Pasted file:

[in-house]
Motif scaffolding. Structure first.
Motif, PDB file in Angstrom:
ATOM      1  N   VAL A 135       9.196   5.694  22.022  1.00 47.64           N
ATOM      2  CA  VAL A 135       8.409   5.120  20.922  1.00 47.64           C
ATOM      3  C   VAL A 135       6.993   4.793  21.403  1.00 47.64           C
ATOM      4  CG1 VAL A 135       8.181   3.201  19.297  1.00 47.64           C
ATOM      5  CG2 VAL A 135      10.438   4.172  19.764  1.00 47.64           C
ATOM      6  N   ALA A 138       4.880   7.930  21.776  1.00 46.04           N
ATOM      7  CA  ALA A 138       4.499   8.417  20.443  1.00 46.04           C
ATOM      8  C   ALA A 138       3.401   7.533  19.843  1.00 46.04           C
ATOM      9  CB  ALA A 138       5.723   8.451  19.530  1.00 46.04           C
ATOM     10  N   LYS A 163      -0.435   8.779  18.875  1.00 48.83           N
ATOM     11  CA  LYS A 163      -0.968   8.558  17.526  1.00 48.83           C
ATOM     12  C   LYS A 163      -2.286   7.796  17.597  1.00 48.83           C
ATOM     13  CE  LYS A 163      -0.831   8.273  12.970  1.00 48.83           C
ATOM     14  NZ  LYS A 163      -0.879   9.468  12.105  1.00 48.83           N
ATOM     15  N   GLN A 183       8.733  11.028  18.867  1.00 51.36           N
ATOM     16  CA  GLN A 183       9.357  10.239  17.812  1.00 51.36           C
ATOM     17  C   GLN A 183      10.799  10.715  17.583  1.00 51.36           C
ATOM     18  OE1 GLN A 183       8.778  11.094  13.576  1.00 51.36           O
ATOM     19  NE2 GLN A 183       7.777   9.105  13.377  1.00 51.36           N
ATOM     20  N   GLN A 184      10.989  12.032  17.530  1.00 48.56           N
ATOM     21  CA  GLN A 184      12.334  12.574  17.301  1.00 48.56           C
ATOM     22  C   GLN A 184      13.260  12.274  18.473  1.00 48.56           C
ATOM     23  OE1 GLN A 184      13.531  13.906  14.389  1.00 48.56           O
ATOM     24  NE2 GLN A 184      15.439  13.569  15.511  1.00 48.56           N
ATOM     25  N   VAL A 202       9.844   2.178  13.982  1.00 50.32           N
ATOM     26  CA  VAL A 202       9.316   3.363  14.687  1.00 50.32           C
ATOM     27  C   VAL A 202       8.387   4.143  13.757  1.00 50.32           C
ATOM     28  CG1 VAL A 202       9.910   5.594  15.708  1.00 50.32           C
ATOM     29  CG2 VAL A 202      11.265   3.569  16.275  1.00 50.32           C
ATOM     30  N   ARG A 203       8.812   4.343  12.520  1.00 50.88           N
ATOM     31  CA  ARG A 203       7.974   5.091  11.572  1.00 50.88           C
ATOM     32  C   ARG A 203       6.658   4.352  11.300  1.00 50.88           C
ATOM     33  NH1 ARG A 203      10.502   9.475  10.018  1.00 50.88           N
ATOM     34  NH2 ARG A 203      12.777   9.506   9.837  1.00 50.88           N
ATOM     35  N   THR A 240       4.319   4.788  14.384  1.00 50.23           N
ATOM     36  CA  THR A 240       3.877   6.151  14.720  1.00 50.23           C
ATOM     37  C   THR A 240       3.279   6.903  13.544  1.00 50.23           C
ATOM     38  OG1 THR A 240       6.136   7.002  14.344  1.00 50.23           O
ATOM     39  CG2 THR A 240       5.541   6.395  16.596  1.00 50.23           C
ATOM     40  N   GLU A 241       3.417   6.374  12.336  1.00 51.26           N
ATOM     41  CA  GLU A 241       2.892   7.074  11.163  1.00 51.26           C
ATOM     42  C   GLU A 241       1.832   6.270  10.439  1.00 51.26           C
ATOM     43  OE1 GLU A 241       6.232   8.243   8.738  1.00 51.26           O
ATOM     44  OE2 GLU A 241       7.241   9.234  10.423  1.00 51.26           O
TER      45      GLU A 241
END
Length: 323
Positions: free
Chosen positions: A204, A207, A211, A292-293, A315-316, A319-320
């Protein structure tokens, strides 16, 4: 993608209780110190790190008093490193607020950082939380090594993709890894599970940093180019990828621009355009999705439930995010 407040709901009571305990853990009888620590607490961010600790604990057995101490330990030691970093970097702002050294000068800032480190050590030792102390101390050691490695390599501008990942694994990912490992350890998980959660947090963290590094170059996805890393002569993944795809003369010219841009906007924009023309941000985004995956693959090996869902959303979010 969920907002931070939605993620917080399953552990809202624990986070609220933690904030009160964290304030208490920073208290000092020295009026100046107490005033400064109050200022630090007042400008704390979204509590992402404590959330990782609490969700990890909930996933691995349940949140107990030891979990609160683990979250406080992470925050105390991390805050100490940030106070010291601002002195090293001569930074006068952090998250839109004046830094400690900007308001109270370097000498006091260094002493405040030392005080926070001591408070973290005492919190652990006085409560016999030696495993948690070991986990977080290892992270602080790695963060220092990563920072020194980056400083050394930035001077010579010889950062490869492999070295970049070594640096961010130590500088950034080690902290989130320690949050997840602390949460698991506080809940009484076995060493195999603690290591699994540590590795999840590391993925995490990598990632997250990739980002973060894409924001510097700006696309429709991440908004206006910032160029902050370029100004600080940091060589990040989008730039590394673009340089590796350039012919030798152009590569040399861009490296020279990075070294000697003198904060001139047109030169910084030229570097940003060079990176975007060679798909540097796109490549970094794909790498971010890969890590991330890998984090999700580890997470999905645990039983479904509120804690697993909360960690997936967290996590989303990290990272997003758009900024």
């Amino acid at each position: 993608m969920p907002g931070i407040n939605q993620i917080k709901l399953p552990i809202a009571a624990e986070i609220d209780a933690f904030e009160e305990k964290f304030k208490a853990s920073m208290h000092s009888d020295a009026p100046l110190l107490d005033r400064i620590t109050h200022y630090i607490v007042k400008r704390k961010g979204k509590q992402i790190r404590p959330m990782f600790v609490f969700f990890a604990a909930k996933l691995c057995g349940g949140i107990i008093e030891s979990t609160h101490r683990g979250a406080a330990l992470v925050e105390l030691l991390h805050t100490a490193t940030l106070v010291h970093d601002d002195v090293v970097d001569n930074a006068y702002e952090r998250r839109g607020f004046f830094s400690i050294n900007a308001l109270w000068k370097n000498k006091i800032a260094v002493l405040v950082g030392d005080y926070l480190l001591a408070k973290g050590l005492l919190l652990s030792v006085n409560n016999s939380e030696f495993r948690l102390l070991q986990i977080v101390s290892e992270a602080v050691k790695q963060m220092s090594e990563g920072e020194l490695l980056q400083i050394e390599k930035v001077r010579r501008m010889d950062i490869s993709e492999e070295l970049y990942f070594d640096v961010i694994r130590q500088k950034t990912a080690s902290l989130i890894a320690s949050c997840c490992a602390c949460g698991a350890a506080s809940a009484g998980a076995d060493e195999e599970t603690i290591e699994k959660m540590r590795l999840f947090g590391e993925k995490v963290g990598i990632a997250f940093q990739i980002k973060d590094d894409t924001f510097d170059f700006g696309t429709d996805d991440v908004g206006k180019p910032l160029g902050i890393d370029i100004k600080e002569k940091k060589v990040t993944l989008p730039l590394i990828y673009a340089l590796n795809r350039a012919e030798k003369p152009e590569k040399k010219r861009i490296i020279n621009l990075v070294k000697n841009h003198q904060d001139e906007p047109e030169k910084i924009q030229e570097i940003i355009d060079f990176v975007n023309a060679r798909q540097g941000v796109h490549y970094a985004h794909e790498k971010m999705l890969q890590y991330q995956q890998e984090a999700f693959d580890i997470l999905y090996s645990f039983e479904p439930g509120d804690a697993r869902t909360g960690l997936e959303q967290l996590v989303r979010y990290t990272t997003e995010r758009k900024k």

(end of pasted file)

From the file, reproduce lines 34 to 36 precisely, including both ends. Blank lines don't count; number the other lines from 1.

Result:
ATOM     31  CA  ARG A 203       7.974   5.091  11.572  1.00 50.88           C
ATOM     32  C   ARG A 203       6.658   4.352  11.300  1.00 50.88           C
ATOM     33  NH1 ARG A 203      10.502   9.475  10.018  1.00 50.88           N